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J Neurosci. 1996 Mar 1;16(5):1623-33.

Contributions of calcium-dependent and calcium-independent mechanisms to presynaptic inhibition at a cerebellar synapse.

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Department of Neurobiology, Harvard Medical School, Boston, Massachusetts 02115, USA.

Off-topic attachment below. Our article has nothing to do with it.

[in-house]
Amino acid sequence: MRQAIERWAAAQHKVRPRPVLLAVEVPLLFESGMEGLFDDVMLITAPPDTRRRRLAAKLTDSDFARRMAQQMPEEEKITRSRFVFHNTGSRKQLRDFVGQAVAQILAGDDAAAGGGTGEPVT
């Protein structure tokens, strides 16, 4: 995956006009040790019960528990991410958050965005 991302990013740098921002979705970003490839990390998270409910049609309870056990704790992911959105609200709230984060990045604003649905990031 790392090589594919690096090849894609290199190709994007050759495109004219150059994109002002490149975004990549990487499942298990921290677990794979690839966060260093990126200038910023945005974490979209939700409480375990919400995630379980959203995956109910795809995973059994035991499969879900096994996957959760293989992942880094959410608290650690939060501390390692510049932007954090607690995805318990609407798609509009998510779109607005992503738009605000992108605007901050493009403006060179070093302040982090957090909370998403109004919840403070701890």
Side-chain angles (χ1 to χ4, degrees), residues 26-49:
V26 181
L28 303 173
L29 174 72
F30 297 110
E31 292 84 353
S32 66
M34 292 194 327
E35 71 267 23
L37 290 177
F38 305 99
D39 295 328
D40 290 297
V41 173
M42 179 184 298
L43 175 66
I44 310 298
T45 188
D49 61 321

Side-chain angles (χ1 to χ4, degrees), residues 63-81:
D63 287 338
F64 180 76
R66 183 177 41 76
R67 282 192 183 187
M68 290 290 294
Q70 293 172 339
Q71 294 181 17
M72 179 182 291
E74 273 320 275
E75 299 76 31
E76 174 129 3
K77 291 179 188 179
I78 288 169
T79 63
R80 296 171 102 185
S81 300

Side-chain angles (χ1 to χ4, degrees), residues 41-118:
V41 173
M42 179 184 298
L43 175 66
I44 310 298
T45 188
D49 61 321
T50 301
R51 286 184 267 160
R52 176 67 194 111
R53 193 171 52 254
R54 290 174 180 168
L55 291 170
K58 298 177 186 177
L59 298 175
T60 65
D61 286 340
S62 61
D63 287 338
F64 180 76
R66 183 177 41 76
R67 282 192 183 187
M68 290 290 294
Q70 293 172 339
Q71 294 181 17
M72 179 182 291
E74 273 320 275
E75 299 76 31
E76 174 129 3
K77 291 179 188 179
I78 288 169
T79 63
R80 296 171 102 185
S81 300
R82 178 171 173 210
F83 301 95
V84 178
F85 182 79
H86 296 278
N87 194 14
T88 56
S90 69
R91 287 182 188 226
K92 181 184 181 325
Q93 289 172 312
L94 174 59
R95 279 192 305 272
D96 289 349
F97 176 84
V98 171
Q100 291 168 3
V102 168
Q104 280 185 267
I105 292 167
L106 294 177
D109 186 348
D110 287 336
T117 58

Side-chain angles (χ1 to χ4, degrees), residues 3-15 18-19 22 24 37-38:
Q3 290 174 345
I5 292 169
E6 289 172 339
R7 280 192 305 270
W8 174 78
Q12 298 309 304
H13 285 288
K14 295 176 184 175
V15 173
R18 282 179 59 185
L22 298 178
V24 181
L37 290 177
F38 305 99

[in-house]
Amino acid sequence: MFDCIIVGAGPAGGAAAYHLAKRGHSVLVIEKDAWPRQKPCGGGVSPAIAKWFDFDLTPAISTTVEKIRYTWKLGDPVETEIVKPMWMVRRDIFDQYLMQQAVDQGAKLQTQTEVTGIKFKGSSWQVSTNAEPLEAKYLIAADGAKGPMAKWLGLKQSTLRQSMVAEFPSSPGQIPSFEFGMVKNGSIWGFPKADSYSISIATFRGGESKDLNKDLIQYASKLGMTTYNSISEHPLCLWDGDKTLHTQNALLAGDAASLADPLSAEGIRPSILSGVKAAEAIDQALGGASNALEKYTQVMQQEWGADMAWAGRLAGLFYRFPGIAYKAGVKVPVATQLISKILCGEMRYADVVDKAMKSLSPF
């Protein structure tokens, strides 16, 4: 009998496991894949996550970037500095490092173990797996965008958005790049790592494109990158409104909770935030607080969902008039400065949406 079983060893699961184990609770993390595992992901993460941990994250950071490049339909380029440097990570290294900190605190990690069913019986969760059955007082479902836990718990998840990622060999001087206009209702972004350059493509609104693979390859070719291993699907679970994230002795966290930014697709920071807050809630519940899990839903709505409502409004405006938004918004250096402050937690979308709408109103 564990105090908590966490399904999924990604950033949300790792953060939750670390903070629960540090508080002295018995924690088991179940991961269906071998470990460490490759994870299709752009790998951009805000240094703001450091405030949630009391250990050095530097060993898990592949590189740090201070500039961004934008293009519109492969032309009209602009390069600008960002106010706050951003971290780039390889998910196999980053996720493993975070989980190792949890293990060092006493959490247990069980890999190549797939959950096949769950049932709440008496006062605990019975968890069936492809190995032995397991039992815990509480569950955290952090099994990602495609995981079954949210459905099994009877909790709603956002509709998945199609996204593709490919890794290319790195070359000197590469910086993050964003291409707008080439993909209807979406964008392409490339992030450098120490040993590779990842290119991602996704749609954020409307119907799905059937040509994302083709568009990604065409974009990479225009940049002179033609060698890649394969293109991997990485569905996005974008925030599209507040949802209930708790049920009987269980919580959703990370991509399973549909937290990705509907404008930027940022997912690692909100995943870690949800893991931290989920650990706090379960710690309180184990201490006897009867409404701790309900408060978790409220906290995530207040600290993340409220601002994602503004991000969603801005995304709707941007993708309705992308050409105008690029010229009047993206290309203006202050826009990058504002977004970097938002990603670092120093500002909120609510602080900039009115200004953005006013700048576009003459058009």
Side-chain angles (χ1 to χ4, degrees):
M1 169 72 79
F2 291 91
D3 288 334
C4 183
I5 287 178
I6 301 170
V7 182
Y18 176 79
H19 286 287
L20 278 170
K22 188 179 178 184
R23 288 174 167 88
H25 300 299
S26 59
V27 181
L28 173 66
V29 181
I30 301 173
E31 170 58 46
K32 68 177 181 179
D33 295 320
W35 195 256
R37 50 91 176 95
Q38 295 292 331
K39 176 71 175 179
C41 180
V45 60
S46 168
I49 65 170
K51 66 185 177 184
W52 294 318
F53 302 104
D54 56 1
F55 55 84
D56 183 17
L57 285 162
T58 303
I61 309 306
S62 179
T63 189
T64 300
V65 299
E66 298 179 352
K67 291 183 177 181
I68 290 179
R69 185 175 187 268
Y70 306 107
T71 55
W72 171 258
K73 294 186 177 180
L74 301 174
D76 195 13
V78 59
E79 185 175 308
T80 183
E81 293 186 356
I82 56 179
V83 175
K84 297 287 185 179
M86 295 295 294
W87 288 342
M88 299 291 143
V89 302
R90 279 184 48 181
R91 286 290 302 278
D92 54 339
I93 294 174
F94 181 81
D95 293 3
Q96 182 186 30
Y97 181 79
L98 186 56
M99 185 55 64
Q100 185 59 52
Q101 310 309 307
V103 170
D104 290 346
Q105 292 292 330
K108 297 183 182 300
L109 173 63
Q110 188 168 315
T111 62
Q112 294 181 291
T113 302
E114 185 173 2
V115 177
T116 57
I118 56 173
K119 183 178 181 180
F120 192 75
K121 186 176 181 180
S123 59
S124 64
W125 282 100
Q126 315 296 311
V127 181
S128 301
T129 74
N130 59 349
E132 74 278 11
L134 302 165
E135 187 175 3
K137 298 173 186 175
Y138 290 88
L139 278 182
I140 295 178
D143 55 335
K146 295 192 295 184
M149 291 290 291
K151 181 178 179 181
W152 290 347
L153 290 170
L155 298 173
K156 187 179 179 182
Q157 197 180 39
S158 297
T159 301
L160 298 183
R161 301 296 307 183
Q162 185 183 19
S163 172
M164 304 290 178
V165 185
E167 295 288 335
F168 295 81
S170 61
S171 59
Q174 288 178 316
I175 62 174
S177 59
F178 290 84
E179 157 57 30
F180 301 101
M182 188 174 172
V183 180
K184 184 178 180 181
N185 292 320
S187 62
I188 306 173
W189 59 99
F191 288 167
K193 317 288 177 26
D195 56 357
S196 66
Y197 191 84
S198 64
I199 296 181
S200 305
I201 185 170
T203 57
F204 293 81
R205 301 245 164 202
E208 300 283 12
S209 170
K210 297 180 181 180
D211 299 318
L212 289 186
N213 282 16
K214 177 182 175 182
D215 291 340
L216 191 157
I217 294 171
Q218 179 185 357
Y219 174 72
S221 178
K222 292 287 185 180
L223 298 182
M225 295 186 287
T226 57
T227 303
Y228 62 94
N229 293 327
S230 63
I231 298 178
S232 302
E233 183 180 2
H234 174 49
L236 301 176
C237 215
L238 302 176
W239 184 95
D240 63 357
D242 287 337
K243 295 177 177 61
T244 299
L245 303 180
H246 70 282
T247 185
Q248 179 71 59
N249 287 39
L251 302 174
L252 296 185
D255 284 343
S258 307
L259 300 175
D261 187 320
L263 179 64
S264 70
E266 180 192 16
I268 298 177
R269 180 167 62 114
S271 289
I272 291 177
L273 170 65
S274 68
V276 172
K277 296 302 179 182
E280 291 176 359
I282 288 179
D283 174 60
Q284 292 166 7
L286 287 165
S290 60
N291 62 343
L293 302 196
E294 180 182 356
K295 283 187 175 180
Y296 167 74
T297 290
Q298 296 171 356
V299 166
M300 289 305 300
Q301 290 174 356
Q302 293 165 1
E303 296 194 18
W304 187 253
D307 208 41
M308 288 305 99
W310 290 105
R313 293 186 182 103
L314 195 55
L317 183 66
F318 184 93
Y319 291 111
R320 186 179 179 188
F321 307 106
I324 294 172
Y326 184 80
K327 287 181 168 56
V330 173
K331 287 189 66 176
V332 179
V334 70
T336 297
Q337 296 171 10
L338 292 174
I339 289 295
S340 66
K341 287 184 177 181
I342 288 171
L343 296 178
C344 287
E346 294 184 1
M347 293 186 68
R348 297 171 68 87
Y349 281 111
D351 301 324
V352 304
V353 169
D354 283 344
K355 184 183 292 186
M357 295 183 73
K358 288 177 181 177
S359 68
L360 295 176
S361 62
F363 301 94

Activation of either adenosine A1 receptors or GABAB receptors inhibits many excitatory synapses in the mammalian brain. However, the extent to which different mechanisms contribute to such synaptic modulation is unclear. We examined the manner in which activation of adenosine A1 receptors and GABAB receptors modulates synaptic strength at the granule cell to Purkinje cell synapse in rat cerebellar slices. Optical determination of presynaptic calcium influx revealed that presynaptic calcium channels were modulated by 2-chloroadenosine (2CA) and baclofen, agonists of the adenosine A1 receptor and the GABAB receptor, respectively. 2CA and baclofen differentially affected three classes of calcium channels without altering the shape of the presynaptic volley, suggesting that changes in presynaptic waveform do not contribute significantly to synaptic modulation. 2CA affected neither the amplitude nor the frequency of spontaneous miniature postsynaptic currents, whereas baclofen reduced the frequency by approximately 40% without affecting the amplitude. In addition, 2CA and baclofen do not change either fiber excitability or presynaptic residual calcium. Taken together, our data indicate that activation of the adenosine A1 receptor reduces synaptic strength by modulating presynaptic calcium channels. Baclofen modulates presynaptic calcium channels as well but also affects release processes downstream from calcium entry.

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